By doing it the Antiquated Press way we have absolute control over the artwork, I know the prints are going to be fucking great because I know you really care about what you do and if people like them we both benefit.
Joe: that really is encouraging.. and I couldn’t agree more. The landscape of derivative work right now is depressing.
One of the toughest things was shipping the completed prints to you for signing.. I know that was stressful. It is a long way from Alaska to London and back. But it is seriously satisfying having both our signatures on the work. Maybe it is just me, but i get anxious whenever I mail anything… cause of the crazy amount of work involved. I reassure myself that i am just being crazy.. I tend to be crazy sometimes. Is it just me?
Mat: Ha no that part was a nightmare for me too not least because the Postal Service in the UK is so fucking expensive. I went back and forth to the Post Office three times tweaking the package each time to get it to a certain size and it still cost a veritable fortune to send back without a signature! I was in a hellish limbo waiting for you to confirm you’d received them! It felt worse because I know it was 99% all your hard work too!
Joe: You do amazing lino cut prints, I own several. How do you feel about a medium like relief printing as opposed to straight up drawing for silkscreening or other types of printmaking?
Mat: Aw shucks thanks. I think the medium works for me really well as it retains my pen and ink line work perfectly; I’m very conscious of not veering too far away from that aesthetic. Plus it tends to dictate a very limited colour palette too which is something I like to stick to as a result of doing a lot of screenprinting. Plus I suck at lots of colours…
Joe: I too am not a big color guy (no surprises there) I have a hard time not cutting my hands to bits with lino prints.. One day we will get a chance to hang out and you can give me some tips.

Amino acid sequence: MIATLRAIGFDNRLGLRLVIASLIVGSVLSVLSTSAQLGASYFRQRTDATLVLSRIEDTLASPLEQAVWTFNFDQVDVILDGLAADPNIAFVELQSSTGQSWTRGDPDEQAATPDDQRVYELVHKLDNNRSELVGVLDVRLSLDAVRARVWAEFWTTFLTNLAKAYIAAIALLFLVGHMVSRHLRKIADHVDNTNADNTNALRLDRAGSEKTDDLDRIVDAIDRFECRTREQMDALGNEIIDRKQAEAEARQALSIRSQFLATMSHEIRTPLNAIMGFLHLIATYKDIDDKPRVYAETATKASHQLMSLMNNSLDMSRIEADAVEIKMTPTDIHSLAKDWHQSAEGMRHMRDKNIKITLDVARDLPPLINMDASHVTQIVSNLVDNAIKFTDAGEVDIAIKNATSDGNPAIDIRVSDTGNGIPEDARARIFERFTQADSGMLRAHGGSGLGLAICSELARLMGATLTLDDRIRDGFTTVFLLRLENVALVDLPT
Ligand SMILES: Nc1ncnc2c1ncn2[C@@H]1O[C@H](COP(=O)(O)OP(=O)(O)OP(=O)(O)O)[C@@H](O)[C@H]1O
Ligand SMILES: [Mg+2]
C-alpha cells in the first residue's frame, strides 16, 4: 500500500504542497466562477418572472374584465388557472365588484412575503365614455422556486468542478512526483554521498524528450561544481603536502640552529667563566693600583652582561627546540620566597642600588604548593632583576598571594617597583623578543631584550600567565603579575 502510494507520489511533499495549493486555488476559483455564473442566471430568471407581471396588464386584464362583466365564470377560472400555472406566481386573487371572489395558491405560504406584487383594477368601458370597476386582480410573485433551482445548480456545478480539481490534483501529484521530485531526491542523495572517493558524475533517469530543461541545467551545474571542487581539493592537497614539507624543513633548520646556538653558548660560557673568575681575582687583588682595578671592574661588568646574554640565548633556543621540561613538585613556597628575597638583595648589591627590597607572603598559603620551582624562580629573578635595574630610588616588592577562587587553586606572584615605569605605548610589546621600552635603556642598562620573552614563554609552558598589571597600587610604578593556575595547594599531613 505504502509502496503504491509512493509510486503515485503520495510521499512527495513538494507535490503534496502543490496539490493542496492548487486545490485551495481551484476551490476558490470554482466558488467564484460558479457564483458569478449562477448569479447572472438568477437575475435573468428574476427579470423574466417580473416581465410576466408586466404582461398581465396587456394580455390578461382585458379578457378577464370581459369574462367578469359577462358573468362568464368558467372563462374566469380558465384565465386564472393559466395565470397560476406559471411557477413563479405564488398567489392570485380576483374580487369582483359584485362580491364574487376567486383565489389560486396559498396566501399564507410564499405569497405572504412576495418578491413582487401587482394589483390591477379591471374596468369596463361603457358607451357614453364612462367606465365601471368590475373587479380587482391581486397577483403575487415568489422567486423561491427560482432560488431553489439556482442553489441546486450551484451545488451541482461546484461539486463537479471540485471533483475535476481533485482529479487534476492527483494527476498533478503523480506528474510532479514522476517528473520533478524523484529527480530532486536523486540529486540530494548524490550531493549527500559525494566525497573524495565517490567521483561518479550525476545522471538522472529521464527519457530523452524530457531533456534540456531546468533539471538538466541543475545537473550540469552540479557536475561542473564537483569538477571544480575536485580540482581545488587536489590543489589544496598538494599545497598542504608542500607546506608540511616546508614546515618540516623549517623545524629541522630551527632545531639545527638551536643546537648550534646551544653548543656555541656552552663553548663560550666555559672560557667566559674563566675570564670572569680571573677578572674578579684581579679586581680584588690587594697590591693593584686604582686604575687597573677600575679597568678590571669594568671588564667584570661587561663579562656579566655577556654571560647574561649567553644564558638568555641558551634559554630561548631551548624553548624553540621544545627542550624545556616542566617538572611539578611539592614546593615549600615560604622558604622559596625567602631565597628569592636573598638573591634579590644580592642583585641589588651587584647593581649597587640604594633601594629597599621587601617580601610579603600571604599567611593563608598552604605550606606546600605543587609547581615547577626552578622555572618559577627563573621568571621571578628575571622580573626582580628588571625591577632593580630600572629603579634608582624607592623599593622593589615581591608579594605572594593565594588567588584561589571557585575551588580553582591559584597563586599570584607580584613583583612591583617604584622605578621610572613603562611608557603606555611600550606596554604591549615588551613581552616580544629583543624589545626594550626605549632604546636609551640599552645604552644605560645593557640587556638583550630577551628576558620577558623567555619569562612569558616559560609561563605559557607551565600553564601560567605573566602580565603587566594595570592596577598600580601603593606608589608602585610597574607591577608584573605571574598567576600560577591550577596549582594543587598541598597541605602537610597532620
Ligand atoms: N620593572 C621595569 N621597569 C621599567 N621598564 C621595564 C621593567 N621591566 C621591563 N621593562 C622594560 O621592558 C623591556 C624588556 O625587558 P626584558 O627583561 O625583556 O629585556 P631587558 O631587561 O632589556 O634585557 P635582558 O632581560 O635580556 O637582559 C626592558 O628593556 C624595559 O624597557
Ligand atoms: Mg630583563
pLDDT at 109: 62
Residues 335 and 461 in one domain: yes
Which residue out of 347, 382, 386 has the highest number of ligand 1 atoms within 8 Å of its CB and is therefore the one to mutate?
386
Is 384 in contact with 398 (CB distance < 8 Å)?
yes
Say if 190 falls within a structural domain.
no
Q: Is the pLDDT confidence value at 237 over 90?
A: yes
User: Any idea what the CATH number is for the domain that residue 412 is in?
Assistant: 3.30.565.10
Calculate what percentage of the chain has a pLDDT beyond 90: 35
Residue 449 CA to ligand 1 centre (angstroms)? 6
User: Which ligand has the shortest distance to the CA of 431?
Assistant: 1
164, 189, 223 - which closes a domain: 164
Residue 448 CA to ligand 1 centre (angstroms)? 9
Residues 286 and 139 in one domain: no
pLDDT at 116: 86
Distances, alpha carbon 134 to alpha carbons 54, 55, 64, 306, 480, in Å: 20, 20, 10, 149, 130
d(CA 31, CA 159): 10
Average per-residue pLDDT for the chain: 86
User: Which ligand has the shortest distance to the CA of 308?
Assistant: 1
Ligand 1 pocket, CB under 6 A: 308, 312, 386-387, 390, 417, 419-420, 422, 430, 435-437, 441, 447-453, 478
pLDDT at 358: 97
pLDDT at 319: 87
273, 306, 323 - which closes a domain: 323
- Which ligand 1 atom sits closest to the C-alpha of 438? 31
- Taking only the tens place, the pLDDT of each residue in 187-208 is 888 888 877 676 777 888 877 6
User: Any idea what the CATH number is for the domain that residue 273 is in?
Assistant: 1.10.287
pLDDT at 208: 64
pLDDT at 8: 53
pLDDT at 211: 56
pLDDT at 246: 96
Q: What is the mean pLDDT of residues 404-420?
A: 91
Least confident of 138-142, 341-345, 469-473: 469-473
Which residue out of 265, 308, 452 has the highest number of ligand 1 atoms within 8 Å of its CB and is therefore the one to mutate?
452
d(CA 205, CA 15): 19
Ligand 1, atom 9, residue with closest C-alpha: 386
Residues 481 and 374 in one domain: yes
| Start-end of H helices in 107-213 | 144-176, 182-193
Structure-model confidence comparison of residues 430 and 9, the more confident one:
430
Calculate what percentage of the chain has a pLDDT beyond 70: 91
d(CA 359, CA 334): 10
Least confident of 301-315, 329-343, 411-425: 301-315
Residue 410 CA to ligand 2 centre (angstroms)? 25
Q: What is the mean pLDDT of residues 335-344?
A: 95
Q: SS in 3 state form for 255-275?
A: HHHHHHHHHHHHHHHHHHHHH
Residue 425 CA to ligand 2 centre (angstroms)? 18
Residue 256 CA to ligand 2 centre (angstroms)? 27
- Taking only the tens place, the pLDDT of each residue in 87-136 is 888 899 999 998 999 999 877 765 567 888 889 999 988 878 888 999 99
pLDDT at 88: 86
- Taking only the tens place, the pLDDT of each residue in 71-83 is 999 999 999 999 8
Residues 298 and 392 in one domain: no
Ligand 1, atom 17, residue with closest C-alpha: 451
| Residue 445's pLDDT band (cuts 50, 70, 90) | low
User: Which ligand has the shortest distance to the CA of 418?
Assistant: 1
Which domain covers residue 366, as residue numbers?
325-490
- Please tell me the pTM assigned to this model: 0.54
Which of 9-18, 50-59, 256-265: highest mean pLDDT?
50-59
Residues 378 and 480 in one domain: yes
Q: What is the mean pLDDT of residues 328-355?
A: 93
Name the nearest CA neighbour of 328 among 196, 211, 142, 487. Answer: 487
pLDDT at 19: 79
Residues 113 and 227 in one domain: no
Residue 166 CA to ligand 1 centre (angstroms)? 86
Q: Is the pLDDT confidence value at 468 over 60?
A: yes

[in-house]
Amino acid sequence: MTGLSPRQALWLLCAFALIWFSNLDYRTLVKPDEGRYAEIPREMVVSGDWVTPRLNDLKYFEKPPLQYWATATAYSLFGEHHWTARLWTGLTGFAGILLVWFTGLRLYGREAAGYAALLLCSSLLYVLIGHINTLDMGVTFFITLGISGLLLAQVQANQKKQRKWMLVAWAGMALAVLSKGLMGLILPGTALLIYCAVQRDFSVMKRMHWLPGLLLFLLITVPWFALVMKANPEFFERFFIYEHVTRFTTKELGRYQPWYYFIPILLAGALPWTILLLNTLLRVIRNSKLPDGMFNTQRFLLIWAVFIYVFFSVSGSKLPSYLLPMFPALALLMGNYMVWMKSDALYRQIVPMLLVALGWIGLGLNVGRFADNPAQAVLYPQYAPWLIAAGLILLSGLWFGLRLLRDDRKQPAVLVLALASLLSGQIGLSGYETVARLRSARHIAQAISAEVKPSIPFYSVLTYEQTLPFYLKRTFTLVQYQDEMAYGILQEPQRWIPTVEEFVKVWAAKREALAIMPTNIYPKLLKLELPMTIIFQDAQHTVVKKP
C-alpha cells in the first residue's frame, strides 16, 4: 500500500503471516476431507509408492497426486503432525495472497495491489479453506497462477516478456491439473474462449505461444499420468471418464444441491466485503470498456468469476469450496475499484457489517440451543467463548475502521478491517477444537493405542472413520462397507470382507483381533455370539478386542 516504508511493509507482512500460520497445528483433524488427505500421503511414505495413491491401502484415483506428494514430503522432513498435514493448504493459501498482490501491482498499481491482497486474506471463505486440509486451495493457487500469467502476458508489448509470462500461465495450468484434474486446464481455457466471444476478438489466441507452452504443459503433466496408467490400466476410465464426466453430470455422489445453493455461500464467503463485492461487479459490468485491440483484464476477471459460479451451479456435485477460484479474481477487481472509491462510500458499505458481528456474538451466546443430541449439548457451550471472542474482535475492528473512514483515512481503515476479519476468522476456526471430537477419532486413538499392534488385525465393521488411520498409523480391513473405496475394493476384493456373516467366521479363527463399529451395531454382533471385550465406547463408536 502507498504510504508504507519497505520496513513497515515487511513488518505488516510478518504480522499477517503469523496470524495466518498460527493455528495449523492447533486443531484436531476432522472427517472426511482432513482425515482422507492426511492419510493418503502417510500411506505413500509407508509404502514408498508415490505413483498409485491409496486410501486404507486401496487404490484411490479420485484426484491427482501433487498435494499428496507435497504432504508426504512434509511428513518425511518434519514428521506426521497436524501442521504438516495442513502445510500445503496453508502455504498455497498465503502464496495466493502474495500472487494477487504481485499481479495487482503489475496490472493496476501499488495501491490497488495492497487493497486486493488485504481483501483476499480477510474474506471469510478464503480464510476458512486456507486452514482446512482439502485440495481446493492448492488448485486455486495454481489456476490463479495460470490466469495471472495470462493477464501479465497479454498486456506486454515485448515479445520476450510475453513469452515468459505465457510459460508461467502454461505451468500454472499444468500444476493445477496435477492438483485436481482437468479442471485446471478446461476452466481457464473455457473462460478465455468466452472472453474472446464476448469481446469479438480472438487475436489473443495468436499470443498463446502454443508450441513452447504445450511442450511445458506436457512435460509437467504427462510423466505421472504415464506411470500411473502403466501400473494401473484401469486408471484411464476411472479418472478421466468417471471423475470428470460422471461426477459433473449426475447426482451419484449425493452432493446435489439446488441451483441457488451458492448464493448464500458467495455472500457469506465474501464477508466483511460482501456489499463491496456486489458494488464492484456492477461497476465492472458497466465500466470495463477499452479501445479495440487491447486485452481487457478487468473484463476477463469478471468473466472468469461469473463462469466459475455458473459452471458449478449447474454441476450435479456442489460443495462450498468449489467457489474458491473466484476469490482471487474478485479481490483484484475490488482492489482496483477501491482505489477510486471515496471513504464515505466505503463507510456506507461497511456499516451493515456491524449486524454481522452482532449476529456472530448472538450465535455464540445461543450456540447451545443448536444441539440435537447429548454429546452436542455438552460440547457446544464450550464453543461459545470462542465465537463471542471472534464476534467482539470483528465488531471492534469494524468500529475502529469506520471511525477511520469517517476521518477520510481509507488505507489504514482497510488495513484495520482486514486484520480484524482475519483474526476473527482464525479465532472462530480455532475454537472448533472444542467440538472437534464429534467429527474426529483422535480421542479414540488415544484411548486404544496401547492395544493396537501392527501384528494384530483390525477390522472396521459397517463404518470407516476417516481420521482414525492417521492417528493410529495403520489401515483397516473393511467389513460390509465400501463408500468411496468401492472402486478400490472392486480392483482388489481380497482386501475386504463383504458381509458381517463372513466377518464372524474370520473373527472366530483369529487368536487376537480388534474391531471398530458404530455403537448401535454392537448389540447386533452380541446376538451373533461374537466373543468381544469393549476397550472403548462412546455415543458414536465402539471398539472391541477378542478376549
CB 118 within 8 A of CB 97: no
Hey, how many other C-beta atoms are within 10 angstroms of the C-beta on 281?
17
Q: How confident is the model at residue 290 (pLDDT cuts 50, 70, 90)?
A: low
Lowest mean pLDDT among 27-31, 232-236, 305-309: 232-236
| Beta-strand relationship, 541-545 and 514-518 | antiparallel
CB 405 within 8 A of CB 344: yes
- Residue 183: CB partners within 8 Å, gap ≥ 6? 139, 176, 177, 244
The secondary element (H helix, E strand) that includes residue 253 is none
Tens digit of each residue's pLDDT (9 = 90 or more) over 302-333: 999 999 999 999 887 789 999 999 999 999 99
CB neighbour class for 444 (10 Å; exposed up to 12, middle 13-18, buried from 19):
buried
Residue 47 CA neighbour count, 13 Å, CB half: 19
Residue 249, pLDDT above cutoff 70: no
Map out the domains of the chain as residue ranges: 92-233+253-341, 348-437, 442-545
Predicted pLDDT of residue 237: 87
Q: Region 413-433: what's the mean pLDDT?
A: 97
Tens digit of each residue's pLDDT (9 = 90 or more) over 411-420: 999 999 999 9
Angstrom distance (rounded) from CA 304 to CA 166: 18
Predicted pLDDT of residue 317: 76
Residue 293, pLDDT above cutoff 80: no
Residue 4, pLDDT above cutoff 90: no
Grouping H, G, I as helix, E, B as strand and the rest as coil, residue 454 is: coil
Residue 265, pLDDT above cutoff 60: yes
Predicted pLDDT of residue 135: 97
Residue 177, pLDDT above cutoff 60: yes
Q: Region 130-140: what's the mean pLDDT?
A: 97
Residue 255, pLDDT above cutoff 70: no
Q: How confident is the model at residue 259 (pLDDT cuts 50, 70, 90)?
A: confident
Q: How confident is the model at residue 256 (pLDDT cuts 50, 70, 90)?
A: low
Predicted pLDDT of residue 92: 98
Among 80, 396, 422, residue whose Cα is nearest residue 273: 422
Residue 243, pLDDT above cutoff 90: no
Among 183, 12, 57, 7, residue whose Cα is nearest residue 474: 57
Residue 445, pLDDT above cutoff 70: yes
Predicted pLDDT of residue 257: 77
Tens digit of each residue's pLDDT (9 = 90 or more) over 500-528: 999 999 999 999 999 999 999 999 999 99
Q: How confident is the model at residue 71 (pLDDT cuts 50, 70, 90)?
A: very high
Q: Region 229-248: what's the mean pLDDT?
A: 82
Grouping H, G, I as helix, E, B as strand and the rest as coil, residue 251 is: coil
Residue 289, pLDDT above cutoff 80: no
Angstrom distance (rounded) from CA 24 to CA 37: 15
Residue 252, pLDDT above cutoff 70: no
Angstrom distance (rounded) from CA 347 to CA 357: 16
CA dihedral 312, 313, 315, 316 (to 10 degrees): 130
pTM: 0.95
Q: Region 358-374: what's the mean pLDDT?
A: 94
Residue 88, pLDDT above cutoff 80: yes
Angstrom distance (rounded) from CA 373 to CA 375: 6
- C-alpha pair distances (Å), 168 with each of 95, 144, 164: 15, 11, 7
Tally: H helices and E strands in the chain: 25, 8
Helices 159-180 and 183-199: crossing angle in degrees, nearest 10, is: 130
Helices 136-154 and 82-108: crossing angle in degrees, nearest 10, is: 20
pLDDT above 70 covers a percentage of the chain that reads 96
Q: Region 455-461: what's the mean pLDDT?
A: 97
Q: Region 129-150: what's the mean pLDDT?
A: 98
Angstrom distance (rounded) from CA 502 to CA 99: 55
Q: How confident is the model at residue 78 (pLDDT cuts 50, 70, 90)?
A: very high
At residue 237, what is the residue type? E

Mat: Yes it can be a beast. I teach Illustration and Printmaking at the BRIT School in London and I’ve seen a student slice through her finger. It’s not pretty. I tend not to teach lino cut printing now…
Joe: So if you were able to give advice to someone out there. Lets say a person who is considering working towards being an independent artist. What would you tell them?
Mat: Always be drawing. And draw what inspires you and drives you, don’t get caught up in what everyone else is drawing and how they’re drawing it. Stop with the shitty pop culture references; the world doesn’t need anymore Breaking Bad/Game of Thrones prints. Don’t be a dick. And don’t work for free.
Joe: When I work I need to have music playing in the background, it is part of my ritual - I have lots of little rituals when working. What sort of environmental things do you require to be productive and creative? What albums are on your drawing playlist right now?
Mat: Same. Records are key. And tea. Plus biscuits. I generally like a tidy workspace too as I feel it’s conducive to being productive but if you could see my studio right now you’d laugh your cock off at that statement. It’s a fucking tip.
I’m currently reassessing my record collection off the back of a back-breaking house move by listening to every single lp from A to Z and I’m in the Bs right now so lots of Broadcast, Boards of Canada, Bonnie Prince Billy, Black Sabbath and the Beatles (Instagram hashtag #vinylcullatoz if you’re that way inclined…). I have a theory that if somehow you could only listen to music made by artist’s starting with one letter of the alphabet, B would be a strong contender. Think I’d have to wangle it in such a way I could have Captain Beefheart in there too but that kind of works right? Which letter would you choose?
Joe: Oh wow… B is a strong contender.. Beck, Beatles, Black Sabbath, But the idea of restricting to a letter is gut wrenching.. what about C!! Cake, Cave Singers… I do like your approach though. I sorted my vinyl collection biographically like in High Fidelity. I know I know.. but it is nice to revisit eras in my life based on its location on the shelf. And it keeps a lot of the bullshit from cluttering up my favorite zones. I tend to pick like 4-5 albums and play them nonstop for the duration of a project.